Let's take a look at yor current scheme. You have something like this, right?

| id | name | attribute1| attribute2 | attribute3 | ... | 
--------------------------------------------------------
| 1  | car1 |     1     |      2     |     0      | ... |

With such a table, the ors are the way to go. I mean: there are other equally awkward constructs but more complex constructs you might use, but until you structure your data in a reasonable way you'll be forced trough lots of those issues.

I'll walk you trough the process of normalizing this part of your schema, and I'll drop some useful links in the meantime.

You want to have two tables, instead: one product table that looks like this:

| id | name |

And one product_attribute table similar to the following:

| product_id | attribute | value |

The example record above would be thusly represented in the new structure:

Table product:

| id | name | 
-------------
| 1  | car1 |

Table product_attribute:

| product_id | attribute | value |
----------------------------------
|      1     |     1     |   1   |
|      1     |     2     |   2   |
|      1     |     3     |   0   |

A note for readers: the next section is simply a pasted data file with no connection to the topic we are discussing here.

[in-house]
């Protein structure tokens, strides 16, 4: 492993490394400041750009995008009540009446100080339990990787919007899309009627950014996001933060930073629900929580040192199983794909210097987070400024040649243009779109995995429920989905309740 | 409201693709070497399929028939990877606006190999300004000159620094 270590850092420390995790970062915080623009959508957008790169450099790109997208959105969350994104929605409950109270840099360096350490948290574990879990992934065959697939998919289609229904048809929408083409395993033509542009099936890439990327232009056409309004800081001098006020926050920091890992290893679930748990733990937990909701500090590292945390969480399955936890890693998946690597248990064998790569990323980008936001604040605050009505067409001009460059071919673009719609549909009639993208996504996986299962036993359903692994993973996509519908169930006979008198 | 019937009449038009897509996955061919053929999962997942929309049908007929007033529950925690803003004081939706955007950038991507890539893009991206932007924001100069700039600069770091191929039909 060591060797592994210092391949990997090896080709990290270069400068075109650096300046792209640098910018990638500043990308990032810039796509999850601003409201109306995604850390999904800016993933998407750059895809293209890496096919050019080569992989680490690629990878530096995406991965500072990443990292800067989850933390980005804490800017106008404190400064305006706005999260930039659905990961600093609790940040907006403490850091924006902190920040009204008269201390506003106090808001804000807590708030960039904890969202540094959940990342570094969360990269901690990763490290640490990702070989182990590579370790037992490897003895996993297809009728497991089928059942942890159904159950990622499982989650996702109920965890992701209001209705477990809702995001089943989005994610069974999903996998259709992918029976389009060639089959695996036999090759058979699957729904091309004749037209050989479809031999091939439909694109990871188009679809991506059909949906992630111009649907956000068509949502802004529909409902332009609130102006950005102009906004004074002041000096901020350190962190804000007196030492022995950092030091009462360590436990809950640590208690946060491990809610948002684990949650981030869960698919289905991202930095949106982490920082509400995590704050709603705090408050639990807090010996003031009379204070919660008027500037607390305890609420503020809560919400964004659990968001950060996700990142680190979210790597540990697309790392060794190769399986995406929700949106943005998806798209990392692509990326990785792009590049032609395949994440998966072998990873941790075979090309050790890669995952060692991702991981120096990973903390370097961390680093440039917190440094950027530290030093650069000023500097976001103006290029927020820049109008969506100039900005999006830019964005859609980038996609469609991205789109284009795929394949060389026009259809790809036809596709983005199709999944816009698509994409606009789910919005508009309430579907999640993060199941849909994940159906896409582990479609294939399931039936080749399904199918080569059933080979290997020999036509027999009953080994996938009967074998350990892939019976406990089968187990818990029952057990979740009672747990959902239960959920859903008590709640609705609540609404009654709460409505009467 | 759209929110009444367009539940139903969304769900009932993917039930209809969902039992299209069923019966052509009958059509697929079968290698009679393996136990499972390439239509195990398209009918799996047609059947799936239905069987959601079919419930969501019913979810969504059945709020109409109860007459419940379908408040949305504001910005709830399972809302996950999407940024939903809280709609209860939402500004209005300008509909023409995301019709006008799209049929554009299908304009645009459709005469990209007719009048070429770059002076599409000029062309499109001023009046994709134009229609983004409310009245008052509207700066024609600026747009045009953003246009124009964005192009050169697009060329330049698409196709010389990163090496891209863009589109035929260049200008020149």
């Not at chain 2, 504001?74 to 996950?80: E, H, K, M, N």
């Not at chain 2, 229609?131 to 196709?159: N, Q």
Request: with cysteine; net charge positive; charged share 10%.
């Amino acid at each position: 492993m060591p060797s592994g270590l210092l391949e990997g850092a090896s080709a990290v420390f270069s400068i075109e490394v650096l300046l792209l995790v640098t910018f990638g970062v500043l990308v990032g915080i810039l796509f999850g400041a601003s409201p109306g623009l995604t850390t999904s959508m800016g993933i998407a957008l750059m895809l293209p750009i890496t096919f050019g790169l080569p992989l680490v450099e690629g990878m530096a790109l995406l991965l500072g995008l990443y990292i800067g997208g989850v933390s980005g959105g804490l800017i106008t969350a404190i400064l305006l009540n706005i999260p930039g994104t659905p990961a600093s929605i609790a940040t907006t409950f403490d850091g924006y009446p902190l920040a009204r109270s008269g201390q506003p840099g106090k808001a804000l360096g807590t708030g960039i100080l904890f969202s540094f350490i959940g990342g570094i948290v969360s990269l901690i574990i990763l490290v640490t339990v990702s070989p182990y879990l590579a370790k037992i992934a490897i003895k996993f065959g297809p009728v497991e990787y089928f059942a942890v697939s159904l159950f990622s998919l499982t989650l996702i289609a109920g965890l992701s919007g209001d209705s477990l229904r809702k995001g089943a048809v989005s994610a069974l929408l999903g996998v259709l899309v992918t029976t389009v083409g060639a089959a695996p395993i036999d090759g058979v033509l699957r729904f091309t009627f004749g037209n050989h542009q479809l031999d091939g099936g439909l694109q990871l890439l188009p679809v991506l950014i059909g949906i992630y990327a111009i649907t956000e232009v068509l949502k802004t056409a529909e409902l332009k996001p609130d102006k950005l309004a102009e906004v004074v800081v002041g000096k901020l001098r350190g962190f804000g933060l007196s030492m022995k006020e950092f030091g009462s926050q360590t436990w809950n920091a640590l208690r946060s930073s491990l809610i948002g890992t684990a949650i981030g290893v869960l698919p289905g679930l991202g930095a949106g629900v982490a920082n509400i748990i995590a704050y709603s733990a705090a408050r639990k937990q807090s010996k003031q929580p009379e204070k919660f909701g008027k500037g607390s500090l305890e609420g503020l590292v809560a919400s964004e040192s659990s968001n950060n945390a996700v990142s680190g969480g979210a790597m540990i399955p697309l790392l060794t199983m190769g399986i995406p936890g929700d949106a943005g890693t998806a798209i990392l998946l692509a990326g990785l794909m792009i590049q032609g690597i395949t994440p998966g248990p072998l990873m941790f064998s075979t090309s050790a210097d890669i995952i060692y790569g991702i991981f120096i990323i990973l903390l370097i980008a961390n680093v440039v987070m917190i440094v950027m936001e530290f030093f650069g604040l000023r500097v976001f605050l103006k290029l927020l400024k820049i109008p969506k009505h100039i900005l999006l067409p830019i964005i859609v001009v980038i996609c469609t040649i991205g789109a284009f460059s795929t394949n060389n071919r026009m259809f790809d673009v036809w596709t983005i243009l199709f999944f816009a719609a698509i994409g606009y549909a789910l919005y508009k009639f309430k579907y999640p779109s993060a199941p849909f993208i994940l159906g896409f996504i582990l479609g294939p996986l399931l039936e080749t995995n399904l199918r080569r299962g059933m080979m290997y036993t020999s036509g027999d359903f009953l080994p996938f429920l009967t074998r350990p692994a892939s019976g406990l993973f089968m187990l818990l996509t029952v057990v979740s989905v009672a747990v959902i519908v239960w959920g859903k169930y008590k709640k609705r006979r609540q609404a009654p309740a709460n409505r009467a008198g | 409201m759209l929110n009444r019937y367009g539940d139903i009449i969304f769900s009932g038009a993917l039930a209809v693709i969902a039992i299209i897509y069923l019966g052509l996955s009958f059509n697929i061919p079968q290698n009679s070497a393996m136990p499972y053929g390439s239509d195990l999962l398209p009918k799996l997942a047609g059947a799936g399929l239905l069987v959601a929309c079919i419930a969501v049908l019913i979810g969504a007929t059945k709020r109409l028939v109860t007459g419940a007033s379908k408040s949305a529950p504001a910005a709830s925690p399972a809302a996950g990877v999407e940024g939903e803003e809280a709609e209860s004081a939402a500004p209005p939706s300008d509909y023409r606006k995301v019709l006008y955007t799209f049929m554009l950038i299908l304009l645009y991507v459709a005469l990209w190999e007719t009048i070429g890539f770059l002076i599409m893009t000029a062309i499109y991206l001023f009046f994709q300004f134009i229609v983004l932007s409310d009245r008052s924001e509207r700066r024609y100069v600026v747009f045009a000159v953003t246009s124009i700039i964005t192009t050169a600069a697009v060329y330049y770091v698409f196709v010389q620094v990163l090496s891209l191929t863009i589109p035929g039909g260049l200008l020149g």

See what we did there? We made it so the product will have a one-to-many relationship with its product_attributes. This schema now follows the First Normal Form, as we are no more repeating groups across columns.

Let's go back to your query: you want to select every product which has no attribute of value zero. So, we join the two tables (this way every product will be connected to its product_attributes) and do our filtering:

 SELECT * FROM product 
   JOIN product_attribute
     ON (product.id = product_attribute.product_id)
   WHERE product_attribute.value <> 0

Looks way cleaner, does it?

Here's an msdn entry on SQL Server joins.

share|improve this answer
    
I agree with your comments, but the OP said he can't change the schema. –  Aaron Bertrand Sep 16 '11 at 4:03
    
@Aaron: Yep, saw it now -.-' –  cbrandolino Sep 16 '11 at 4:04
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While this seems ugly, this is just an UNPIVOT done twice, which can certainly be simplified by views. The first unpivot subquery gives you your Attributes column, the outer unpivot gives you your CatAttribs column. Then, you can do a simple WHERE clause at the end.